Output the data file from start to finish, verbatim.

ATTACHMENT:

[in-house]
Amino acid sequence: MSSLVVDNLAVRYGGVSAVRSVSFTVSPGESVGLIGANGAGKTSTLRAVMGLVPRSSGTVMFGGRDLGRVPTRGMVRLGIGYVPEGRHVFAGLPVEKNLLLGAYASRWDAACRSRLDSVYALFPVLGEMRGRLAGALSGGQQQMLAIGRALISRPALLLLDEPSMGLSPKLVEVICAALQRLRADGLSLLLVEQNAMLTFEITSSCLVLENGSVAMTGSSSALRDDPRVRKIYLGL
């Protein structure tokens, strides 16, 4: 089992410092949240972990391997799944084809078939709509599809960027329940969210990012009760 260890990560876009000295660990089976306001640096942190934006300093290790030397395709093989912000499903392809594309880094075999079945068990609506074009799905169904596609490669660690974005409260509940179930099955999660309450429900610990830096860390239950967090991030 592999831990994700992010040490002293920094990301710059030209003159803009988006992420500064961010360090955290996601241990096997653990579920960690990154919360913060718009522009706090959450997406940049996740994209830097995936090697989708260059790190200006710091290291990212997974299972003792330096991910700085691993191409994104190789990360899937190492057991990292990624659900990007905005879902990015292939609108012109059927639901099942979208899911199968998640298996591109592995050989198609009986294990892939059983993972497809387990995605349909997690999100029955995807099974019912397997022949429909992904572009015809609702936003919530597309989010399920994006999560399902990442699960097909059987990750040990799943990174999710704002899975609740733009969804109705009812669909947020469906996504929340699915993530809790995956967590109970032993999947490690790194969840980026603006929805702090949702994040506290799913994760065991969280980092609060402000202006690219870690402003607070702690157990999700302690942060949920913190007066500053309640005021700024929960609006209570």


[in-house]
Amino acid sequence: MSSLVVDNLAVRYGGVSAVRSVSFTVSPGESVGLIGANGAGKTSTLRAVMGLVPRSSGTVMFGGRDLGRVPTRGMVRLGIGYVPEGRHVFAGLPVEKNLLLGAYASRWDAACRSRLDSVYALFPVLGEMRGRLAGALSGGQQQMLAIGRALISRPALLLLDEPSMGLSPKLVEVICAALQRLRADGLSLLLVEQNAMLTFEITSSCLVLENGSVAMTGSSSALRDDPRVRKIYLGL
């Protein structure tokens, strides 16, 4: 089992410092949240972990391997799944084809078939709509599809960027329940969210990012009760 260890990560876009000295660990089976306001640096942190934006300093290790030397395709093989912000499903392809594309880094075999079945068990609506074009799905169904596609490669660690974005409260509940179930099955999660309450429900610990830096860390239950967090991030 592999831990994700992010040490002293920094990301710059030209003159803009988006992420500064961010360090955290996601241990096997653990579920960690990154919360913060718009522009706090959450997406940049996740994209830097995936090697989708260059790190200006710091290291990212997974299972003792330096991910700085691993191409994104190789990360899937190492057991990292990624659900990007905005879902990015292939609108012109059927639901099942979208899911199968998640298996591109592995050989198609009986294990892939059983993972497809387990995605349909997690999100029955995807099974019912397997022949429909992904572009015809609702936003919530597309989010399920994006999560399902990442699960097909059987990750040990799943990174999710704002899975609740733009969804109705009812669909947020469906996504929340699915993530809790995956967590109970032993999947490690790194969840980026603006929805702090949702994040506290799913994760065991969280980092609060402000202006690219870690402003607070702690157990999700302690942060949920913190007066500053309640005021700024929960609006209570």